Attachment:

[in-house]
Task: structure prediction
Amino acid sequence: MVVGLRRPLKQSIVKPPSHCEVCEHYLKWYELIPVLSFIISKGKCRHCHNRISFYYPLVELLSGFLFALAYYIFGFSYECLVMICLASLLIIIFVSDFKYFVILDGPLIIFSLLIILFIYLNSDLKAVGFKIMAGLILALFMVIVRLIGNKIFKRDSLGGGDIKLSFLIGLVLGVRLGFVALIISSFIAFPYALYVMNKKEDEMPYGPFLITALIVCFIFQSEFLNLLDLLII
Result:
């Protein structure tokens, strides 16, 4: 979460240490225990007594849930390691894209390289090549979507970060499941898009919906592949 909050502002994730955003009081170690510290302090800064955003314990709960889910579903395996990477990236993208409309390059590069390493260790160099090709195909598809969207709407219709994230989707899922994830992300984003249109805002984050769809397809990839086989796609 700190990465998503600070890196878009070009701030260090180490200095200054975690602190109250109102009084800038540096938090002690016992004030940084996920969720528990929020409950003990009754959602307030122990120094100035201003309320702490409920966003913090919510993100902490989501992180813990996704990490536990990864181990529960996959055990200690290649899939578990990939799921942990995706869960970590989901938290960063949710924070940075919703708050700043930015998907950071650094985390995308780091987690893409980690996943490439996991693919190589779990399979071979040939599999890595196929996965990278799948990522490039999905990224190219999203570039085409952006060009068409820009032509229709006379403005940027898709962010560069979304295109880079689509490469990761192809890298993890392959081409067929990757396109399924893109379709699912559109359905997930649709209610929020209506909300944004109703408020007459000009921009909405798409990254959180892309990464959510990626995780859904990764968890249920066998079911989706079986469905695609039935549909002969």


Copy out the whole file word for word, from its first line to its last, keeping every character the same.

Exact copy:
[in-house]
Task: structure prediction
Amino acid sequence: MVVGLRRPLKQSIVKPPSHCEVCEHYLKWYELIPVLSFIISKGKCRHCHNRISFYYPLVELLSGFLFALAYYIFGFSYECLVMICLASLLIIIFVSDFKYFVILDGPLIIFSLLIILFIYLNSDLKAVGFKIMAGLILALFMVIVRLIGNKIFKRDSLGGGDIKLSFLIGLVLGVRLGFVALIISSFIAFPYALYVMNKKEDEMPYGPFLITALIVCFIFQSEFLNLLDLLII
Result:
């Protein structure tokens, strides 16, 4: 979460240490225990007594849930390691894209390289090549979507970060499941898009919906592949 909050502002994730955003009081170690510290302090800064955003314990709960889910579903395996990477990236993208409309390059590069390493260790160099090709195909598809969207709407219709994230989707899922994830992300984003249109805002984050769809397809990839086989796609 700190990465998503600070890196878009070009701030260090180490200095200054975690602190109250109102009084800038540096938090002690016992004030940084996920969720528990929020409950003990009754959602307030122990120094100035201003309320702490409920966003913090919510993100902490989501992180813990996704990490536990990864181990529960996959055990200690290649899939578990990939799921942990995706869960970590989901938290960063949710924070940075919703708050700043930015998907950071650094985390995308780091987690893409980690996943490439996991693919190589779990399979071979040939599999890595196929996965990278799948990522490039999905990224190219999203570039085409952006060009068409820009032509229709006379403005940027898709962010560069979304295109880079689509490469990761192809890298993890392959081409067929990757396109399924893109379709699912559109359905997930649709209610929020209506909300944004109703408020007459000009921009909405798409990254959180892309990464959510990626995780859904990764968890249920066998079911989706079986469905695609039935549909002969």